I followed Thembe Khumalo on every platform before we even spoke. She was mentoring me even before she knew that she was. My mom subscribed to the Newsday and I’d get the paper to assist with my degree. That’s when I was first exposed to Thembe Khumalo‘s column. I knew then, that this is the calibre of woman I wanted to be when I grew up.
I was working at the Jupiter Drawing Room Harare when she slid into my DMs on Twitter. In true dramatic Thembi Terry fashion, I was screaming and honoured and mad excited. She wanted to have coffee. I was beyond the moon. I made the mistake of asking her where and she said the Delicious Restaurant in Sam Levy Village, Borrowdale. I lived way across town and didn’t drive and the breakfast meeting was at 8am. Did I have to be at work? Yep but this was important. I woke up at 4:30am to start getting ready. Left the house when it was dark outside to catch a kombi to town. I wasn’t familiar with Harare so I walked from Copa Cabana to Fourth Street to catch a kombi to Sam Levy Village. I made it on time.
When she arrived, she was even more beautiful in person. There was an aura about her that was majestic. In short, her energy was correct. I asked if she wanted breakfast. I wanted to pay, it was the least I could do. Lord knows I couldn’t afford her time. When she got up to go to the bathroom I ran to the cashier to settle the bill before she ate because Steward Bank has a way of embarrassing me and that day I wasn’t having it. I wasn’t going to be embarrassed in front of Thembe Khumalo.
The rest has been history in the making.
Having a mentor has been crucial to my success. There’s things I look back on in my life with shame and regret and now having a mentor is helping me to make less of those mistakes.
Here are some notes that I have come to gather about mentorship.
You’ve got to have a teachable spirit
Having a mom reprimanding you and pushing you is hard. But having a mentor is even harder because you know it’s do or die. This person won’t stay unconditionally like your mom. They don’t owe you anything. The opportunity to be guided by them could end at any moment. You have to take the advice and if you can’t then why did you seek their counsel?
I remember when applications for the Young African Leaders Initiative came out. I didn’t pay them any mind. Saw the adverts everywhere and I was like nope not me. And then my mentor woke up and said to me, “Apply.” I flat out refused more than Peter denied Jesus. Then it occured to me that I’ve been trusting her wisdom and it’s been paying out. I trusted her one more time. I applied and forgot all about it. In January I got the email that I’d been shortlisted for interviews. I’ve never been so grateful for a human in my life.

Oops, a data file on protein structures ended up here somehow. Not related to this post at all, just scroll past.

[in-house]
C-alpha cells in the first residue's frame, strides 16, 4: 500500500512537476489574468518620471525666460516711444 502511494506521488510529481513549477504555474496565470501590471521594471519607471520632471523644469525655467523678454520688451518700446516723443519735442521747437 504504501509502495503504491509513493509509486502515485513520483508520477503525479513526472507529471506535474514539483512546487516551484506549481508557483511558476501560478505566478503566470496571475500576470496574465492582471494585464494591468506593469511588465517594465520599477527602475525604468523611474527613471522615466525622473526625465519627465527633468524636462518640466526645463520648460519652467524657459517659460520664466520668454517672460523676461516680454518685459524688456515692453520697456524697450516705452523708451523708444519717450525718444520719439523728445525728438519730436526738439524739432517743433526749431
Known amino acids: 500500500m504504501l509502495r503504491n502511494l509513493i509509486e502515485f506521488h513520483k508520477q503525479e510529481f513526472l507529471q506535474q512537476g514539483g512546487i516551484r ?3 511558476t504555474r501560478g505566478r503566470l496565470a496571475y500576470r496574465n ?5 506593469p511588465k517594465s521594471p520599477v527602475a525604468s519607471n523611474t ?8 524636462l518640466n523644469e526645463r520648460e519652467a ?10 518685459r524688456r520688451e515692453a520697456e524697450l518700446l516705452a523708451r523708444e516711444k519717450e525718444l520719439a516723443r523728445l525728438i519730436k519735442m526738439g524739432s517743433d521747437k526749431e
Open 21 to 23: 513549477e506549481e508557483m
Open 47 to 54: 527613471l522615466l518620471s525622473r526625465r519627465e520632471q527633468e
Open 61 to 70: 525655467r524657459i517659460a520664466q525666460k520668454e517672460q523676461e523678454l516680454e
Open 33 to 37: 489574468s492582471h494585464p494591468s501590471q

You’ve got to be like-minded
You are in mechanics but you want a hairdresser to mentor you. Sometimes someone is so inspirational that you are just drawn to them but if they aren’t in your industry, there’s very little that they can assist you with. Thembe and I have similar interests in media, writing, branding and our love for women empowerment. Do we agree on everything, absolutely not but the fundamentals we agree 100%. She’s been in the game, she’s met the key players. When I need someone she always a contact to direct me to or connect me with. She’s enabling me in a good way. It’s like I’m operating with years of experience and my cheat sheet is Thembe. This makes things move a whole lot faster than trial and error.
You’ve got to put in the work
A mentor takes time from their very busy schedule to advise you. You can’t ever be caught slipping or sleeping. Thembe would text me at 5am and I’d respond at 10am. She’d ask why I wouldn’t have meetings before that and I told her it’s because I’d be asleep during that time. I could feel the shock and horror as she was typing her response which was, “There’s no time for sleeping til 10 in world domination.” The early mornings suck but at least she doesn’t have me running with her at the crack of dawn.
You’re held accountable
I grew up in a chaotic home. It didn’t matter what you did. It was very laissez-faire. And because of this, I could start something and leave it halfway because nobody cared and no one held me accountable. Days before I met Thembe she told me to list down all my projects and how they would all play out ideally. I remember before our first breakfast her text was, “Bring dreams.” Boy oh boy did I bring them. Since then, a whole three years later she’s been holding me accountable and overseeing every one of them.
You’ve gotta have something to give
Thembe is a brand builder. She charges people and corporates big monies to even start thinking about their strategy. And here I was with minimum wage and nothing to offer. There was no way I could afford her. That didn’t stop me from being of value to her. My skill set, my network, my support was what I had to offer and I just prayed it would suffice. It drives me to read more, learn more so that I can contribute to the conversation.
There’s the stereotype that women don’t support each other and I am glad that I get to be one of the people that dispel that myth. When Advocate Mahere had that fall out with her mentor on Twitter it was horrifying to watch. It made a lot of people skeptical about asking for help and things one day turning that ugly. Mentors are also humans and it takes two to tango that deep into the darkness.
The older people have a thing or two to show the younger generation. We can all teach each other something new and together we can make something great. This is how greatness is passed down to ensure that empires don’t die away.